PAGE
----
In Crust We Trust: Our Favorite Takes on Pizza From Across the U.S.

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When thousands of Italian immigrants started arriving in the United States during the late 1800s, they brought their culture, traditions, and food with them. And that included pizza. However, ‘za didn’t emerge on the culinary scene right away. In fact, it wouldn’t make a real cultural impact until the mid-20th century or so. Of course, these days Americans love this dish so much that there are over 75,000 pizzerias across the country.

But those pizzerias aren’t all churning out the same cheese pies. And many of them aren’t really interested in replicating Italian versions of the dish. Depending upon where you are in the U.S., you’ll encounter region-specific variations. We’re highlighting some of the most notable styles of pizza in the U.S. to celebrate National Pizza week.

New York-Style Pizza

Descended from Neapolitan-style pizza, New York-style pies are famous across the globe — and for good reason. Each slice is so thin and wide that, for many, folding it is the most effective way to eat it. And that paper plate? It’ll be soaked through with grease, which makes it a perfect late-night snack.

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Hand-tossed, light on the sauce, and loaded with cheese, New York-style pizza is baked in a coal or deck oven, which makes for a crust that’s crunchy, but not too stiff. After all, you need to be able to fold it.

Chicago-Style Deep Dish Pizza

In 1943, a Chicago-based pizza-making duo served up a new style of pie — one that had a deeper dish and inverted layers. And, with that deeper dish, came crunchier, thicker crust. As for that pizza-making duo? Well, the birthplace of deep dish, Pizzeria Uno, is perhaps better known today by its brand of cookie-cutter chains, Uno Chicago Grill.

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That two-to-three-inch crust not only takes a while to cook, but it also fills you up pretty quickly, especially since the pie is loaded with tomato sauce, cheese and plenty of other toppings. Now, deep dish is one of the most well-known types of pizza in the U.S. — and a real pull for all who visit the Windy City. All you need is a knife and fork!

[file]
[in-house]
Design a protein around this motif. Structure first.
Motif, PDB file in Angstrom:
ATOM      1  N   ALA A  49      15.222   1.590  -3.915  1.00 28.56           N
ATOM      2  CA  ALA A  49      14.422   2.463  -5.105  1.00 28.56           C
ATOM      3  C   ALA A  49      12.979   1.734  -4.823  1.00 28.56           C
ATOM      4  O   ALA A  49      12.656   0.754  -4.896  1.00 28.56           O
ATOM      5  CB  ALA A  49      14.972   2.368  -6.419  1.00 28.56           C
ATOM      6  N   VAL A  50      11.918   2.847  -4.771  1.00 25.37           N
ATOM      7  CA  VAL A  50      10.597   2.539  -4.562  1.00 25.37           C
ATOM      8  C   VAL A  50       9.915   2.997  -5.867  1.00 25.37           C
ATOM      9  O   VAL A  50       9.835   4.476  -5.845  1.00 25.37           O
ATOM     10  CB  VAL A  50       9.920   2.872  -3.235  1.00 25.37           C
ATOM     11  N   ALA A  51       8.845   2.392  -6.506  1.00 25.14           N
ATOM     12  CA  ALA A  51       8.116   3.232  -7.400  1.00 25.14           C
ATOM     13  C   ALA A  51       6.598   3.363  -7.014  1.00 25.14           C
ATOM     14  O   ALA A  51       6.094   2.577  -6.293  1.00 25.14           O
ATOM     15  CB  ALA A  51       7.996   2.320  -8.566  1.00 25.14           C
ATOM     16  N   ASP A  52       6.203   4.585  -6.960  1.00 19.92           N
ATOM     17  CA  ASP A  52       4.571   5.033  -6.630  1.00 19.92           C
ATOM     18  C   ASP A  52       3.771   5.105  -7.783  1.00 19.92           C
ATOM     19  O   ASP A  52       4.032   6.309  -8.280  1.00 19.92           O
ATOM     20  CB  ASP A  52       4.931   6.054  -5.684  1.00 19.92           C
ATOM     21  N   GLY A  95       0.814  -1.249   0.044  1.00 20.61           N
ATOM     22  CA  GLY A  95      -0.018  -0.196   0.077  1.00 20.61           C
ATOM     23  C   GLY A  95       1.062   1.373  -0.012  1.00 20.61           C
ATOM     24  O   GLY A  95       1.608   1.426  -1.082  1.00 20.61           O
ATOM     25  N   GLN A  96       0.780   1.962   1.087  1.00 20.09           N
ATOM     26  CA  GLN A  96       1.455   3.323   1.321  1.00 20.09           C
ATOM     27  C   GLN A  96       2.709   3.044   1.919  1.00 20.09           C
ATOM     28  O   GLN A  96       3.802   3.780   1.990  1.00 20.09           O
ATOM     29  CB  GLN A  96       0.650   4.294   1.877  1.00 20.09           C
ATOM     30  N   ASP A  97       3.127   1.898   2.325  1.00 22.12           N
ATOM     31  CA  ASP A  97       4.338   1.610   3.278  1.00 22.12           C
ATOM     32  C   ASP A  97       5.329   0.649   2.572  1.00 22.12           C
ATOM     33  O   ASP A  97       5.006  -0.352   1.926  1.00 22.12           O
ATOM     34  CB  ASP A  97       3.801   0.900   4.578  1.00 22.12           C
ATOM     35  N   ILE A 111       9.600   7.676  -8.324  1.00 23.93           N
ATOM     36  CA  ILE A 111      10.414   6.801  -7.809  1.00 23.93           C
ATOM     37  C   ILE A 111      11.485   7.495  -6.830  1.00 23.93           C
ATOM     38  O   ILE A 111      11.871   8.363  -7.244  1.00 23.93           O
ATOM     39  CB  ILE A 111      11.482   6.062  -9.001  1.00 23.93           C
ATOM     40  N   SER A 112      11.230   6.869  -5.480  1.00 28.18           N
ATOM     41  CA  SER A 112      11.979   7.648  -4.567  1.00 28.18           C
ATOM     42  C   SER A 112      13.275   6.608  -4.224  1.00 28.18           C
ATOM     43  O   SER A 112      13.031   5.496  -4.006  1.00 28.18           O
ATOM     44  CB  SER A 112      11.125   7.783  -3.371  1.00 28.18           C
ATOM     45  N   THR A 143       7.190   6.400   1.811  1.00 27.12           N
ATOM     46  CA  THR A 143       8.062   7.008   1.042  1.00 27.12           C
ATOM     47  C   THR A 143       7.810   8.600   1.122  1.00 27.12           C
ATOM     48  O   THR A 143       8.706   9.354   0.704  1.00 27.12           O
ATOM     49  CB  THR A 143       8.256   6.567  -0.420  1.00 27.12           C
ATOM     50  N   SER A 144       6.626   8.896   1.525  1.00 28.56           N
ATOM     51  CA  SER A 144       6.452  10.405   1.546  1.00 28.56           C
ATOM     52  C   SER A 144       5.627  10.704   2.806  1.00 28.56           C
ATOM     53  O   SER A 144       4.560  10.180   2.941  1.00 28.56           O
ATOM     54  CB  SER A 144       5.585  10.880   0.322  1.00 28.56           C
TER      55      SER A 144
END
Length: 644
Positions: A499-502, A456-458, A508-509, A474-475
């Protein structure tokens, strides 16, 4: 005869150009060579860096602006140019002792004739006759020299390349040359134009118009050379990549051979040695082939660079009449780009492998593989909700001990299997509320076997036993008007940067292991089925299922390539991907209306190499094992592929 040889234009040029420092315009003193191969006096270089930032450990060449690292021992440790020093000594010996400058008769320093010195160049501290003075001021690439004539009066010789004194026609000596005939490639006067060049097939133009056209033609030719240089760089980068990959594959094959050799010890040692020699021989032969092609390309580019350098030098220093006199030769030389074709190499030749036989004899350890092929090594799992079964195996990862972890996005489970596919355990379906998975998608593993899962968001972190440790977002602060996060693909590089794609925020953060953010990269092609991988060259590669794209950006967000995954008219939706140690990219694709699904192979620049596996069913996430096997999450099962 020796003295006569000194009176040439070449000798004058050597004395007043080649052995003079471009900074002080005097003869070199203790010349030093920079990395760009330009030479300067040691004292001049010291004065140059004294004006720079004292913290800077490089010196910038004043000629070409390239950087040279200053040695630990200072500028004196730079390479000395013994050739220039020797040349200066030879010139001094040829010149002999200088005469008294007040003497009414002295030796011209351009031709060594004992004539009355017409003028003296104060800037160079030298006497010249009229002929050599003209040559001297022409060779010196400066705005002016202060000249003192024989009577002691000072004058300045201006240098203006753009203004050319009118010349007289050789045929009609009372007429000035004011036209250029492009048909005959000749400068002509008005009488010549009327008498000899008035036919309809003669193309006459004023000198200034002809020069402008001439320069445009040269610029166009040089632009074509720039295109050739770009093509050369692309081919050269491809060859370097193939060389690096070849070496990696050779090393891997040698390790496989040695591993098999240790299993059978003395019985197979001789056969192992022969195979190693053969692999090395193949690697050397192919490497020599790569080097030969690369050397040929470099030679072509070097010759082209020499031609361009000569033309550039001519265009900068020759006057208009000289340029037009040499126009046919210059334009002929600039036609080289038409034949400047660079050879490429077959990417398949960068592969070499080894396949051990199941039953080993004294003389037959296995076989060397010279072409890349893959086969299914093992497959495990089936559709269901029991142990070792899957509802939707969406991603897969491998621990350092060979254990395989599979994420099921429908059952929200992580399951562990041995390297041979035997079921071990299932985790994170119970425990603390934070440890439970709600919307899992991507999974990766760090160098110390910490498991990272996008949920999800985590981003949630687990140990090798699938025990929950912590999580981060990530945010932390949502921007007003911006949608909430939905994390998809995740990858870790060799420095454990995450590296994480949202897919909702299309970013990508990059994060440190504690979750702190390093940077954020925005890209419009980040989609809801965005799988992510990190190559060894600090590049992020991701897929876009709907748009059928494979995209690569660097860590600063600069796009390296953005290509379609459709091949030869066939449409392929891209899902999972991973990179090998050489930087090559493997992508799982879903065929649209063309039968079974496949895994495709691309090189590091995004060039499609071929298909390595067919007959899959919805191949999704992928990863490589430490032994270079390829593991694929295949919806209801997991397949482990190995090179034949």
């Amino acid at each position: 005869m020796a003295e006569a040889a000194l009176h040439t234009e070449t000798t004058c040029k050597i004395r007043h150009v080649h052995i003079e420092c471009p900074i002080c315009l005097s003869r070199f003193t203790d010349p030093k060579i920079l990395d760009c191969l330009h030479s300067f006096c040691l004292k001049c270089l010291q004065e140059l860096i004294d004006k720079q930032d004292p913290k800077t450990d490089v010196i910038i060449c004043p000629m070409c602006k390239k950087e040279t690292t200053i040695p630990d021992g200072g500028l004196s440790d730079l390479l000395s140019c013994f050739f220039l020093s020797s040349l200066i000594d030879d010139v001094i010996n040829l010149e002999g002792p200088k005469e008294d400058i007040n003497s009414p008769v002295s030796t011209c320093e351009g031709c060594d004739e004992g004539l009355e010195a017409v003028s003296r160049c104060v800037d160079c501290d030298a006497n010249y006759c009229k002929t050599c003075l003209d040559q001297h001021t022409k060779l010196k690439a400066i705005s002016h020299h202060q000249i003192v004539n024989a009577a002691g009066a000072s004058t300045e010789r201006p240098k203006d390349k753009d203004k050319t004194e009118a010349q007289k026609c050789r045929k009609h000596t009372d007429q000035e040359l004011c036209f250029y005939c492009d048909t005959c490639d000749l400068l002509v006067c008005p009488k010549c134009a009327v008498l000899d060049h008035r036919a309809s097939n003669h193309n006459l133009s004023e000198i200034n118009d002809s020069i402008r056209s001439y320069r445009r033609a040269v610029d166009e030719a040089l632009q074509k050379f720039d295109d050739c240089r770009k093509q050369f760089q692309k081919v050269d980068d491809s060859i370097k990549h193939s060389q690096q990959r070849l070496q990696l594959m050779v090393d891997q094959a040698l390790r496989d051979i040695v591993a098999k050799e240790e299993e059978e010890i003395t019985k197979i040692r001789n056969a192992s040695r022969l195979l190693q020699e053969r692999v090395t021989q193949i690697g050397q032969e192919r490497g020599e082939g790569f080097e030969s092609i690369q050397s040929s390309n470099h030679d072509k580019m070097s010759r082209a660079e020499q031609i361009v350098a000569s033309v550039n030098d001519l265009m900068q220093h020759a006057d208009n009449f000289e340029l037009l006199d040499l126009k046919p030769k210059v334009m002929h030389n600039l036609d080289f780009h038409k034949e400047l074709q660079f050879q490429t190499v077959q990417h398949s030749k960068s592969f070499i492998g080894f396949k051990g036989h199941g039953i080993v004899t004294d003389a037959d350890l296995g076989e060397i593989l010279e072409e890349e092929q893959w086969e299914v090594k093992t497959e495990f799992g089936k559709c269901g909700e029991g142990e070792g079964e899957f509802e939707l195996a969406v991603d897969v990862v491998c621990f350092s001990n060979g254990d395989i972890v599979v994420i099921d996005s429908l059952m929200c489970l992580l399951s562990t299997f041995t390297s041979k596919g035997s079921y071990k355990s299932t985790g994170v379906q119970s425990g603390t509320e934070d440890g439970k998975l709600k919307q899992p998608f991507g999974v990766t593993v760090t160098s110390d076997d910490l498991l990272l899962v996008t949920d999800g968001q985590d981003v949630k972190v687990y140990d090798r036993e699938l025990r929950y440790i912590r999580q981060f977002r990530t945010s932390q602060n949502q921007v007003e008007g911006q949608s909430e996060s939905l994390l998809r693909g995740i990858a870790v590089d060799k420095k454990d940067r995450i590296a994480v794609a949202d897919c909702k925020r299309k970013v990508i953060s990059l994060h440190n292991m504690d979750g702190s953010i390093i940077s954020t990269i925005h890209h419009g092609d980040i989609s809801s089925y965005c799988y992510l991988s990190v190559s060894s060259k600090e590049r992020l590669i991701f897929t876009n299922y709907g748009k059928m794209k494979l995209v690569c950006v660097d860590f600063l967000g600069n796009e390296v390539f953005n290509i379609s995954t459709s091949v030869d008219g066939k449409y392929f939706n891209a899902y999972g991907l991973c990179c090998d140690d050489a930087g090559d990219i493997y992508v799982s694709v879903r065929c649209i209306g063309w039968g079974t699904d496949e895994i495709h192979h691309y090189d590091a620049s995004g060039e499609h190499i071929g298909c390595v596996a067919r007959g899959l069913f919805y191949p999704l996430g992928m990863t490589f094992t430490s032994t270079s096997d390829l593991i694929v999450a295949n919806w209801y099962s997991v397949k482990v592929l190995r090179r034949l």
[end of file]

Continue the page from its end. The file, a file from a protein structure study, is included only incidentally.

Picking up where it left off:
New Haven-Style Pizza

If you like your pizza with a charred crust, New Haven-style pie is the way to go. New Haven, Connecticut’s take on pizza — or, as it’s locally called, “apizza” — is similar to a thin-crust, coal-fired Neapolitan-style pizza — and it originated in one of the country’s oldest pizza places, Frank Pepe Pizzeria Napoletana, which opened its doors in 1925. Fun Fact: Pepe himself also invented the pizzeria’s ever-popular white clam pie, a must-try if seafood is your thing.

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Photo Courtesy: Frank Pepe Pizzeria Napoletana

Often, these pies are oval-shaped — or, to folks used to circular ‘za, a bit misshapen — and topped with oregano, tomato sauce and a bit of grated pecorino romano cheese. If you want mozzarella, you’ll have to ask for it. Adding to the fun, locals often debate who does pizza better: Frank Pepe’s or the nearby Sally’s Apizza. What can we say for certain? All of these pies pair very well with Foxon Park‘s white birch beer, which has been made locally in East Haven since 1922.

St. Louis-Style Pizza

St. Louis-style pizza differentiates itself from other American takes on ‘za in several ways. First of all, the crust is as thin and crunchy as a cracker. A lot of people compare eating a St. Louis-style pie to eating cheese and crackers — that’s how thin the crust is on this type of pie.